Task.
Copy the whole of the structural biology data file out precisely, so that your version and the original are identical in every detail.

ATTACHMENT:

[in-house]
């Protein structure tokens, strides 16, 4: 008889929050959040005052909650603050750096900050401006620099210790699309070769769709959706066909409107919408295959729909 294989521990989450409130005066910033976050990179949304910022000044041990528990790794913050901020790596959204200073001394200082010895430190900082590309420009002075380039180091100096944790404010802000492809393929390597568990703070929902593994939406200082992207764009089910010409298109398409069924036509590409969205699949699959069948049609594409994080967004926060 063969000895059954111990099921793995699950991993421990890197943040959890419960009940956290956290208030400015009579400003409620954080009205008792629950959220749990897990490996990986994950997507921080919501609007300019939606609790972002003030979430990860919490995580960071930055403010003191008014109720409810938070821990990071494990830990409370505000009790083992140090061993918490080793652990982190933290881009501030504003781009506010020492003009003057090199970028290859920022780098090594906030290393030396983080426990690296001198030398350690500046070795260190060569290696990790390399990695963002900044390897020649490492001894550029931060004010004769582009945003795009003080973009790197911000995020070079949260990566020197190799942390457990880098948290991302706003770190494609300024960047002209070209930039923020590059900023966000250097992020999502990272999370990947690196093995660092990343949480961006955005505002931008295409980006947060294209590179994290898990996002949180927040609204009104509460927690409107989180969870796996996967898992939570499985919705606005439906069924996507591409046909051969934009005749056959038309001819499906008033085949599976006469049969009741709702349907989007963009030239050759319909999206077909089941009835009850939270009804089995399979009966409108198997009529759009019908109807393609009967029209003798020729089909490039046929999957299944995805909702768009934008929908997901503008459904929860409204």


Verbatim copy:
[in-house]
């Protein structure tokens, strides 16, 4: 008889929050959040005052909650603050750096900050401006620099210790699309070769769709959706066909409107919408295959729909 294989521990989450409130005066910033976050990179949304910022000044041990528990790794913050901020790596959204200073001394200082010895430190900082590309420009002075380039180091100096944790404010802000492809393929390597568990703070929902593994939406200082992207764009089910010409298109398409069924036509590409969205699949699959069948049609594409994080967004926060 063969000895059954111990099921793995699950991993421990890197943040959890419960009940956290956290208030400015009579400003409620954080009205008792629950959220749990897990490996990986994950997507921080919501609007300019939606609790972002003030979430990860919490995580960071930055403010003191008014109720409810938070821990990071494990830990409370505000009790083992140090061993918490080793652990982190933290881009501030504003781009506010020492003009003057090199970028290859920022780098090594906030290393030396983080426990690296001198030398350690500046070795260190060569290696990790390399990695963002900044390897020649490492001894550029931060004010004769582009945003795009003080973009790197911000995020070079949260990566020197190799942390457990880098948290991302706003770190494609300024960047002209070209930039923020590059900023966000250097992020999502990272999370990947690196093995660092990343949480961006955005505002931008295409980006947060294209590179994290898990996002949180927040609204009104509460927690409107989180969870796996996967898992939570499985919705606005439906069924996507591409046909051969934009005749056959038309001819499906008033085949599976006469049969009741709702349907989007963009030239050759319909999206077909089941009835009850939270009804089995399979009966409108198997009529759009019908109807393609009967029209003798020729089909490039046929999957299944995805909702768009934008929908997901503008459904929860409204």